JD’s opening night of this very colourful Magic Flute for Opera Australia has been and gone. What you may ask has a picture of Angelo Soliman got to do with it all.
Angelo Soliman was a fascinating figure in Viennese history. When he was a child he was taken as a slave to Marseille from his home in what today is northeastern Nigeria/northern Cameroon. He was later given as a gift to count Lobkowitz, an Austrian Fieldmarshal. From then on he gradually worked his way up through the echelons of Viennese society, gaining his freedom on the way. He spoke several languages fluently and was very highly regarded by the city’s cultural elite. The emperor Joseph II held him in high esteem. He was a friend of Mozart’s and they were both members of the same Masonic lodge ‘True Harmony’. He eventually even became the grand master of that lodge. It is quite possible that the ‘enlightened’ character of Bassa Selim in Die Entführung aus dem Serail was modelled on Soliman.
When he died of a stroke in 1796, something happened which to us today is unthinkable. The director of the Imperial Natural History Collection asked permission from the emperor Francis II, (permission duly granted), to have Soliman skinned, stuffed and put on display as a ‘curiosity’. No good Christian burial for him! He eventually went up in flames during the October revolution of 1848.
All of which brings me to this: modern society often has trouble with controversial lines from libretti, plays etc. of bygone eras that are, or may at least appear to be, discriminatory or downright racist. In The Magic Flute Monostatos is quite plainly described in the list of characters as a ‘Moor’ – like Othello – and therefore black. In his aria when he tries to steal a kiss from Pamina, (incidentally marked pianissimo, almost whispered with the piccolo adding a Turkish ‘zing’ to it), he sings:
Weil ein Schwarzer häßlich ist.
Ist mir denn kein Herz gegeben?
And in the next strophe:
Eine Weiße nahm mich ein,
Weiß ist schön! Ich muß sie küßen;
Monostatos is obviously in deep emotional distress and both Mozart and Schikaneder make us feel very sympathetic towards this tortured character. When, a few minutes later, he is discovered trying to kill Pamina because she doesn’t reciprocate his love, Sarastro speaks these lines:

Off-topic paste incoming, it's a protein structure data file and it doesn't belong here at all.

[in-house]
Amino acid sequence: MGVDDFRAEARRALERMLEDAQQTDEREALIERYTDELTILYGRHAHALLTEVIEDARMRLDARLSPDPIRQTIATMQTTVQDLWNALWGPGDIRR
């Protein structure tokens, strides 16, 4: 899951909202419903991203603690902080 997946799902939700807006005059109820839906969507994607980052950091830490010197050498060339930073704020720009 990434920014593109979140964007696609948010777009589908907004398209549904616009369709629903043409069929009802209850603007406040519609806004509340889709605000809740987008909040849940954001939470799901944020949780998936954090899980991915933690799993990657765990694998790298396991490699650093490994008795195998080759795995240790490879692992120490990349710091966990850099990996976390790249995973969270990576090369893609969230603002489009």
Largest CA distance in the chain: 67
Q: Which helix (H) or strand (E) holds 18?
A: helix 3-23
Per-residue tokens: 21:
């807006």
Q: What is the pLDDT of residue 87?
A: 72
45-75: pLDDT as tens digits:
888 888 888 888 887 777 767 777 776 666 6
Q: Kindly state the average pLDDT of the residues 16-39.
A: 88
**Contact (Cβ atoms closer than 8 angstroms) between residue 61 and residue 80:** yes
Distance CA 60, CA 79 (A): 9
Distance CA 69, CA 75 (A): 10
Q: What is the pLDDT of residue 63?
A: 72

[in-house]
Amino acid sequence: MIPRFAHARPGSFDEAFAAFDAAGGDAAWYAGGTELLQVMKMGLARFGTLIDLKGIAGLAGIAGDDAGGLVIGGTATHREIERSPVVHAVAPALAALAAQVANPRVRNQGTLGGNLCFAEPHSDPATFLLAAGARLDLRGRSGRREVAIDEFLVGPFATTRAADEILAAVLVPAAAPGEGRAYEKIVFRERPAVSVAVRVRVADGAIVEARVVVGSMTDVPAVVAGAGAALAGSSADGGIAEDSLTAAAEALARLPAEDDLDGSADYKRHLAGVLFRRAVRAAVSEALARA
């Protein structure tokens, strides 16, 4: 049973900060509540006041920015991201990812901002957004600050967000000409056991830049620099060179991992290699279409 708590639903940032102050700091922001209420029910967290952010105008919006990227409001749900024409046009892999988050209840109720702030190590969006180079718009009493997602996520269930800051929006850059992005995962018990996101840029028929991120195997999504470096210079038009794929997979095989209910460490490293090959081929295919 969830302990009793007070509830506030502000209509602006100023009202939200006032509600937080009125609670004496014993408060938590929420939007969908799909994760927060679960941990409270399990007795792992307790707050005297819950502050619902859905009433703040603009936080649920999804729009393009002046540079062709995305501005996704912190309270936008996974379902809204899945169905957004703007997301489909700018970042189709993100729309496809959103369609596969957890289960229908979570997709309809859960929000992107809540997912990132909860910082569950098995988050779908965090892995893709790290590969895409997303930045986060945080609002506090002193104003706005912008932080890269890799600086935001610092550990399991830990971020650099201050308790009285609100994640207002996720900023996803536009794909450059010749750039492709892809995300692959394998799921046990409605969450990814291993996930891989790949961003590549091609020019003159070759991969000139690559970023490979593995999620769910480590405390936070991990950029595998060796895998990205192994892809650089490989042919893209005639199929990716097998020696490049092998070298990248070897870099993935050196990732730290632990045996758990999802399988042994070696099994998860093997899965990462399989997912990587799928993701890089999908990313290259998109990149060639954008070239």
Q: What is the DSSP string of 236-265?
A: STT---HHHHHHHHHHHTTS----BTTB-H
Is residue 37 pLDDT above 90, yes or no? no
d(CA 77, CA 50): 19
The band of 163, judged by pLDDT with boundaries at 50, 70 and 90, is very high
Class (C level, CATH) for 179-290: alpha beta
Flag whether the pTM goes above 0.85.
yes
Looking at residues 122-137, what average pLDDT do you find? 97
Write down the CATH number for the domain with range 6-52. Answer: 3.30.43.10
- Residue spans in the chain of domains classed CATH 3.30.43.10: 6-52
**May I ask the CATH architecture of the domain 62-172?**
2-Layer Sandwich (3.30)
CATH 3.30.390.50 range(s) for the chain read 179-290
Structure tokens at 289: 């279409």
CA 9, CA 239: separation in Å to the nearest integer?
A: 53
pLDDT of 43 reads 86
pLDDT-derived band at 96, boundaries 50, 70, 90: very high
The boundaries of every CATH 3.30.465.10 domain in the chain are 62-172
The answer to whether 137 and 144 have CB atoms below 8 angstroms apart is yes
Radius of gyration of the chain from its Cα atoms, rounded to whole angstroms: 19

Ich weiß nur allzuviel. – Weiß daß deine Seele eben so Schwarz als dein Gesicht ist.
Ouch! How does one cope with that line in our politically correct society? Many productions just leave it out but I often wonder if that’s the right solution. Mozart, as I have said, was a friend of Soliman’s – and it is quite possible that Schikaneder was also. It is highly unlikely that, preaching the Masonic virtues as they did, they would think that purely because of someone’s skin colour they were good or evil.
Mozart’s Vienna, just as our society is today, was full of paradoxes. At one and the same time Joseph II’s reign as emperor encouraged freedom on all fronts (even abolishing the death penalty), while installing a repressive secret police when things began to go a bit pear shaped. Soliman rose to the highest rank in social and intellectual circles but was then unceremoniously stuffed like an animal.
Instead of cutting it, keeping that small but troublesome line of text in to my mind opens up avenues of territory to be explored. I like to think that it simultaneously and very succinctly represents both the hypocrisy at the heart of 18th century Viennese society and, by their sympathetic treatment of Monostatos – and by that I mean showing us the pain and rejection of an outcast – Mozart and Schikaneder’s coded condemnation of it. It is a sort of transposition of Merchant of Venice if you like.
I don’t believe that things, as in life, in The Magic Flute are altogether what they seem: – no real good or evil, no black or white. Only grey paths that take us deeper and deeper into our own white/black souls.
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